Thanks for writing your article about Grandma Amy. As Andrea, my sister, (the post above) said, we grew up attending Interbay whenever we stayed at her house and for Christmas Eve services as long as I can remember, and we used that basement area for family Christmas events – I think we got to use it because we had an “in” with the church office lady. The service was actually my first time INSIDE since it had become Quest. And despite the sadness that obviously goes along with the loss of a family member, there is such hope and joy in death with Jesus. And there is almost no place better to associate grandma with than Interbay/Quest which played such a huge part in Grandpa Bill and Grandma Amy’s lives. Thank you for writing your blog about our grandma. We obviously know her story, but it’s not as if she was the most vocal lady around in the past 5 years or so. So it’s wonderful to know that other people get to learn a little about a large figure in my life. Thank you for being there for the service. Also, I hope we can catch up again soon sometime as well.

    Thanks,
    Aaron

  8. Barb Boyd says:

    Pastor Eugene,
    The week before my mom passed away, she asked her friend Heather to explain what a “blog” was because she heard about your blog on Sundays at Quest. How do you explain to someone who is 89 and blind what a blog is? My mom kept up on a lot of things but it was really difficult for her to understand things that had totally changed technologically in her lifetime and especially since she had lost her sight. She is no doubt enjoying being mentioned on your blog and is flashing us one of her famous smiles from above now that she is in heaven, now that she can see again, and now that she really “gets” what a blog is!! Thanks for honoring her. Barb

  9. eugenecho says:

    aaron/barb:

    thanks for stopping by the blog.

    as you all know, amy was special. i had heard so much how she has trained all the interbay pastors for so many years. and while i never had the privilege of being “trained” by her at the office, i can’t tell you how much i thoroughly enjoyed that afternoon chat with her months ago when she was resting at the hospital.

    i remember the exact day. i was on my way to visit her when seattle it started snowing very heavy. i was going to return home but decided to keep going. one of the best decisions…had a great time with amy. really refreshed my soul at a time when i really needed refreshing.

    god bless you both and your families…

  10. Heather Pann says:

    I lived with Amy for two years when I first moved to Seattle. We grew to be the best of friends. The 50+ age difference didn’t matter at all. As you know from your conversation with her, Amy was intelligent, full-of-life and rooted very deeply in her faith. She was also an amazing prayer warrior. About two years ago, I was given guardianship of my then 14-year old cousin. It was not an easy transition but Amy prayed for us faithfully. She was our haven. Every Friday night Amy opened her heart and her home to Brooke and her friends. We ate pizza, watched movies and did our nails. Amy participated in all of the activities and made a special point of visiting with the teenagers. At the end of last school year, we were unsure about whether Brooke would be returning this fall. When she said good-bye to Amy in June, it was with a heavy heart, but Amy said, “I am not going to say good-bye because I think you will be back in September.” Amy prayed throughout the summer and sure enough, one day before school started I picked my cousin up at the airport. Brooke is fond of telling everyone that her “Grandma” Amy prayed her back to Seattle.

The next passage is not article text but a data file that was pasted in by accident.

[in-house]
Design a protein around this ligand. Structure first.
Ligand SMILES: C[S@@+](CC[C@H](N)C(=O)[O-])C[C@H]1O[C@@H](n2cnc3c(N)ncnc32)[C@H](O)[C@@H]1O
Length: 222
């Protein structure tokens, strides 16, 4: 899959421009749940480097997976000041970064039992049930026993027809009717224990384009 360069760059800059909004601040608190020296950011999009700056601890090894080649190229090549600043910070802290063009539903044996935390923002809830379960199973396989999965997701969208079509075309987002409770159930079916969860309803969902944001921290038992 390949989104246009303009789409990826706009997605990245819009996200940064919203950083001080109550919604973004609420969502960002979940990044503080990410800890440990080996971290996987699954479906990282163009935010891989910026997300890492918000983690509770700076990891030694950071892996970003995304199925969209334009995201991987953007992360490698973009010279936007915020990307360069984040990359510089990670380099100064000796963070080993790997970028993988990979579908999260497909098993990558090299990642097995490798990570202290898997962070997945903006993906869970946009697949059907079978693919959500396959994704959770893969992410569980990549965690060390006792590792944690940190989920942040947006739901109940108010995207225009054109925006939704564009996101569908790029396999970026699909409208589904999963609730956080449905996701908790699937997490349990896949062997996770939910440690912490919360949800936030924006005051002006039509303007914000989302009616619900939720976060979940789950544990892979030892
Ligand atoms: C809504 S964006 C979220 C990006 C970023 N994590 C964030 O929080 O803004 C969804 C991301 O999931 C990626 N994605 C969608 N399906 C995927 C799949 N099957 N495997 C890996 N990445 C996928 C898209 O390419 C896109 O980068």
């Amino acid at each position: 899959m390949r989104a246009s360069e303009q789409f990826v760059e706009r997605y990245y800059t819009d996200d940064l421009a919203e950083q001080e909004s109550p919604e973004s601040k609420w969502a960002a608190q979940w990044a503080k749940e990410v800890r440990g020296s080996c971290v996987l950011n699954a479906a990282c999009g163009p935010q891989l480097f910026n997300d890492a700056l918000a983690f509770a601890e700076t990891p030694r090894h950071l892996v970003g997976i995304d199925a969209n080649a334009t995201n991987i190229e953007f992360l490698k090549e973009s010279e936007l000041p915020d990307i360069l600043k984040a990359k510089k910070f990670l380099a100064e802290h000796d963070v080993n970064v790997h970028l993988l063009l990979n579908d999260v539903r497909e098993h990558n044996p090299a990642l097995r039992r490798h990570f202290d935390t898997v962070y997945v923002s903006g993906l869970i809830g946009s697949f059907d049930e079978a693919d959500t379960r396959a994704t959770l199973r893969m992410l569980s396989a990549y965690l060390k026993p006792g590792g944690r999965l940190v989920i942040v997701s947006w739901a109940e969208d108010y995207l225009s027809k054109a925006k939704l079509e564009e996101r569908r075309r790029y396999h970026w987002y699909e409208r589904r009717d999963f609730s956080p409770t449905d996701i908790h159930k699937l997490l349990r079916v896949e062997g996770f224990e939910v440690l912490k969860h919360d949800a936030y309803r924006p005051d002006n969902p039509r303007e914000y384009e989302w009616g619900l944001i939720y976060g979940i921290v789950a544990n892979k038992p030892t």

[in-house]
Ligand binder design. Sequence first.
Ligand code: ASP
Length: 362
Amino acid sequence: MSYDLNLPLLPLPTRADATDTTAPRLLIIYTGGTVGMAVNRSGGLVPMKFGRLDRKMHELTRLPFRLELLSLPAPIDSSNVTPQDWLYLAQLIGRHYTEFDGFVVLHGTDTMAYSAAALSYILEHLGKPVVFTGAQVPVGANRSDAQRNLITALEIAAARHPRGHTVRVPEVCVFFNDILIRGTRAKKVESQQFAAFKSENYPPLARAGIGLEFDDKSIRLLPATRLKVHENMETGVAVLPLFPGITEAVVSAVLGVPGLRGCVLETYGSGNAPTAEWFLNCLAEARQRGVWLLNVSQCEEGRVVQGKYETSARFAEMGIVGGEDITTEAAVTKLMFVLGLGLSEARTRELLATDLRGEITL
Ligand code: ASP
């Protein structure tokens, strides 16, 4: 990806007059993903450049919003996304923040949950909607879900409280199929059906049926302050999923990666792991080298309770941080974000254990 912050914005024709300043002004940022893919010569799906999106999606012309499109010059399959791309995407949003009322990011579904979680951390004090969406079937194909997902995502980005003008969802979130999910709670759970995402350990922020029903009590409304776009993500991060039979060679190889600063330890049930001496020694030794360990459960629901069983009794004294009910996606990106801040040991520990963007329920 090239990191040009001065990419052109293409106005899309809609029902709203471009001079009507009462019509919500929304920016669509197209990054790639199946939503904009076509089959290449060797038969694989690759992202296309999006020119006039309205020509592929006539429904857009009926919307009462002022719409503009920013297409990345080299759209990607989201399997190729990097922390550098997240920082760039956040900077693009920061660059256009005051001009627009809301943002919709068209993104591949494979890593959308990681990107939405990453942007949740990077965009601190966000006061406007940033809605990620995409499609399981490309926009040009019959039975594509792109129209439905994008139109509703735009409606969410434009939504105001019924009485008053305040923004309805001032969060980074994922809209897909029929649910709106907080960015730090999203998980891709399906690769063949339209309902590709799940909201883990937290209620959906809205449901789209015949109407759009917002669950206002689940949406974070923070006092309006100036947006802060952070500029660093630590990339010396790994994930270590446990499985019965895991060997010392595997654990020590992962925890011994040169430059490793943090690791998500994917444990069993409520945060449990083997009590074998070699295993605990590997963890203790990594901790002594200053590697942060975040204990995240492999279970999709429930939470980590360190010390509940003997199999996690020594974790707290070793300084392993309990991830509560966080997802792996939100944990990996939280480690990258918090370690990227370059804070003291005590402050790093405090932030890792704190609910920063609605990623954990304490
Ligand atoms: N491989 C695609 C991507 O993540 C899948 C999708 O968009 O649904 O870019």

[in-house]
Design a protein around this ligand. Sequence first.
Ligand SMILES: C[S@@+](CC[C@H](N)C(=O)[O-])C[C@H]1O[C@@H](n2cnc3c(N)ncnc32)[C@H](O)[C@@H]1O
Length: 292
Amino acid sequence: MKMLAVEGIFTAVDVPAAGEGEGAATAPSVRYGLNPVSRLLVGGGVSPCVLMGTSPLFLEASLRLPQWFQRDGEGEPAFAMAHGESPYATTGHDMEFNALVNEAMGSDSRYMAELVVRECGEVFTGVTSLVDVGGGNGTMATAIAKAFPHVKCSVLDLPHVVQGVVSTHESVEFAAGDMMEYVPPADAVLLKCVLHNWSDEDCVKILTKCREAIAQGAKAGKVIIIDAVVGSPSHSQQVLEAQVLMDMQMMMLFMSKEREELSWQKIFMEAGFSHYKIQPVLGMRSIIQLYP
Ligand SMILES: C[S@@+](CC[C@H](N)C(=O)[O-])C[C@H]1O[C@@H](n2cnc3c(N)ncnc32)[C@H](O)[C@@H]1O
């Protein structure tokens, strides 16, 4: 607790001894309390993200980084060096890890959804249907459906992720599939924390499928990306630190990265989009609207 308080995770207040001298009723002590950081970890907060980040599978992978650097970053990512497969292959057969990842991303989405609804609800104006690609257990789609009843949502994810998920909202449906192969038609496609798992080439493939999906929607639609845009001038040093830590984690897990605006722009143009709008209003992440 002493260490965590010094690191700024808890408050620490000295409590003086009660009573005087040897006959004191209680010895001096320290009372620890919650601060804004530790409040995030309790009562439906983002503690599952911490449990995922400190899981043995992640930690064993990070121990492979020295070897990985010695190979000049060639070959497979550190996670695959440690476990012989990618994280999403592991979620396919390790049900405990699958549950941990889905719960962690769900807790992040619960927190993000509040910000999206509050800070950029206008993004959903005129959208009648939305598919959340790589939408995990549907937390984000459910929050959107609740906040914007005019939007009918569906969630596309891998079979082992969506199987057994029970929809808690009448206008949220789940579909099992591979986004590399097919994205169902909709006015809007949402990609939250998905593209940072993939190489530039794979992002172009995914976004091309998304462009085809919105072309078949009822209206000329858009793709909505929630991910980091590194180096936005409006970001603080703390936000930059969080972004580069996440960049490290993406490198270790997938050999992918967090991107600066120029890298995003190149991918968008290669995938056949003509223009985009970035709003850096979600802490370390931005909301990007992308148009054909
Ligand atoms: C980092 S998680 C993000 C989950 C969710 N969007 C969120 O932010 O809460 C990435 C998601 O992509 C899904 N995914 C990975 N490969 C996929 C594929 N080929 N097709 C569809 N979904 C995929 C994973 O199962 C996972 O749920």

We miss her but what a legacy she left us. Thank you for remembering her in your blog. ~Heather

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One Day’s Wages

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In our culture, we can be so obsessed with the "spectacular" or "glamorous." The Church often engagws in thia language and paradigm...but what if God has called many of us to small, ordinary things?

Will we still be faithful?
Will we still go about such things with great love and joy?

I recently came across this picture taken by @mattylew, one of our church staff...and I started tearing up: This is my mother; in her 70s; with realities of some disabilities that make it difficult for her to stand up and sit down...but here she is on her knees and prostate in prayer. She doesn't have any social media accounts, barely knows how to use her smartphone, doesn't have a platform, hasn't written a book, doesn't have any titles in our church, isn't listed as a leader or an expert or a consultant or a guru. But she simply seeks to do her best - by God's grace - to be faithful to God. She prays for hours every day inteceding for our family, our church, and the larger world.

Even if we're not noticed or celebrated or elevated...let's be faithful. Our greatest calling as followers of Christ is to be faithful. Not spectacular. Not glamorous. Not popular. Not relevant. And not even successful in the eyes of the world.

Be faithful. Amen. #notetoself (and maybe helpful for someone else)

At times, we have to say ‘NO’ to good things to say ‘YES’ to the most important things.

We can't do it all.
Pray and choose wisely.
Then invest deeply. May our compassion not just be limited to the West or to those that look like us. Lifting up the people of Iraq, Iran, and Kurdistan in prayer after the 7.3 earthquake - including the many new friends I met on a recent trip to Iraq.

The death toll rises to over 400 and over 7,000 injured in multiple cities and hundreds of villages along the Western border with Iraq.

Lord, in your mercy... We are reminded again and again...that we are Resurrection People living in a Dark Friday world.

It's been a tough, emotional, and painful week - especially as we lament the horrible tragedy of the church shootings at Sutherland Springs. In the midst of this lament, I've been carried by the hope, beauty, and promise of our baptisms last Sunday and the raw and honest testimonies of God's mercy, love, and grace.

Indeed, God is not yet done. May we take heart for Christ has overcome the world. "Without genuine relationships with the poor, we rob them of their dignity and they become mere projects. And God did not intend for anyone to become our projects." Grateful this quote from my book, Overrated, is resonating with so many folks - individuals and  NGOs. / design by @preemptivelove .
May we keep working 
on ourselves 
even as we seek 
to change the world. 
To be about the latter 
without the former 
is the great temptation 
of our times.